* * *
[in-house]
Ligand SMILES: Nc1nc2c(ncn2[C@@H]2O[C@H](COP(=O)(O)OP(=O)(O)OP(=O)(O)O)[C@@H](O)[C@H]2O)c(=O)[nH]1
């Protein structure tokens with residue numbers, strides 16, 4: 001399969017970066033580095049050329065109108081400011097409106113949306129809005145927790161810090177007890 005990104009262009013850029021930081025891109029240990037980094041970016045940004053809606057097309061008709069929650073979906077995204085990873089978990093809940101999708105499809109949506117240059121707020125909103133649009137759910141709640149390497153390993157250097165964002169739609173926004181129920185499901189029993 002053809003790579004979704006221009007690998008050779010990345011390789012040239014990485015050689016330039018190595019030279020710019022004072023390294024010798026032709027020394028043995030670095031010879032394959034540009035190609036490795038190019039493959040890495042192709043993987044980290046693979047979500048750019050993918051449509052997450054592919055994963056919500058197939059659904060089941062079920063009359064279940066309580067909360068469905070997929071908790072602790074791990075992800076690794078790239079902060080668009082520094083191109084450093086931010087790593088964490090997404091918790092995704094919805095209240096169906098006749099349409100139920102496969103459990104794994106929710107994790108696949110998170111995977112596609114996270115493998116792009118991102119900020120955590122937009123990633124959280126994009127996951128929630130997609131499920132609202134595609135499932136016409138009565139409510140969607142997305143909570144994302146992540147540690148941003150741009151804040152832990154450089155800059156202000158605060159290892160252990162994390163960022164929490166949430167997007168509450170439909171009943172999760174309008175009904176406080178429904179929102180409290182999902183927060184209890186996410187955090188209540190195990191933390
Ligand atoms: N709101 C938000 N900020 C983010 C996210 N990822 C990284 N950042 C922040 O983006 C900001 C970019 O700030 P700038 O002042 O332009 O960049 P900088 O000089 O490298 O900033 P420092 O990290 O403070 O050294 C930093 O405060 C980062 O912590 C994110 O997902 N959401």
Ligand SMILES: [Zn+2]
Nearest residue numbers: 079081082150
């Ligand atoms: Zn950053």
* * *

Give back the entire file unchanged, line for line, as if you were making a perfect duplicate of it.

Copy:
[in-house]
Ligand SMILES: Nc1nc2c(ncn2[C@@H]2O[C@H](COP(=O)(O)OP(=O)(O)OP(=O)(O)O)[C@@H](O)[C@H]2O)c(=O)[nH]1
């Protein structure tokens with residue numbers, strides 16, 4: 001399969017970066033580095049050329065109108081400011097409106113949306129809005145927790161810090177007890 005990104009262009013850029021930081025891109029240990037980094041970016045940004053809606057097309061008709069929650073979906077995204085990873089978990093809940101999708105499809109949506117240059121707020125909103133649009137759910141709640149390497153390993157250097165964002169739609173926004181129920185499901189029993 002053809003790579004979704006221009007690998008050779010990345011390789012040239014990485015050689016330039018190595019030279020710019022004072023390294024010798026032709027020394028043995030670095031010879032394959034540009035190609036490795038190019039493959040890495042192709043993987044980290046693979047979500048750019050993918051449509052997450054592919055994963056919500058197939059659904060089941062079920063009359064279940066309580067909360068469905070997929071908790072602790074791990075992800076690794078790239079902060080668009082520094083191109084450093086931010087790593088964490090997404091918790092995704094919805095209240096169906098006749099349409100139920102496969103459990104794994106929710107994790108696949110998170111995977112596609114996270115493998116792009118991102119900020120955590122937009123990633124959280126994009127996951128929630130997609131499920132609202134595609135499932136016409138009565139409510140969607142997305143909570144994302146992540147540690148941003150741009151804040152832990154450089155800059156202000158605060159290892160252990162994390163960022164929490166949430167997007168509450170439909171009943172999760174309008175009904176406080178429904179929102180409290182999902183927060184209890186996410187955090188209540190195990191933390
Ligand atoms: N709101 C938000 N900020 C983010 C996210 N990822 C990284 N950042 C922040 O983006 C900001 C970019 O700030 P700038 O002042 O332009 O960049 P900088 O000089 O490298 O900033 P420092 O990290 O403070 O050294 C930093 O405060 C980062 O912590 C994110 O997902 N959401």
Ligand SMILES: [Zn+2]
Nearest residue numbers: 079081082150
């Ligand atoms: Zn950053």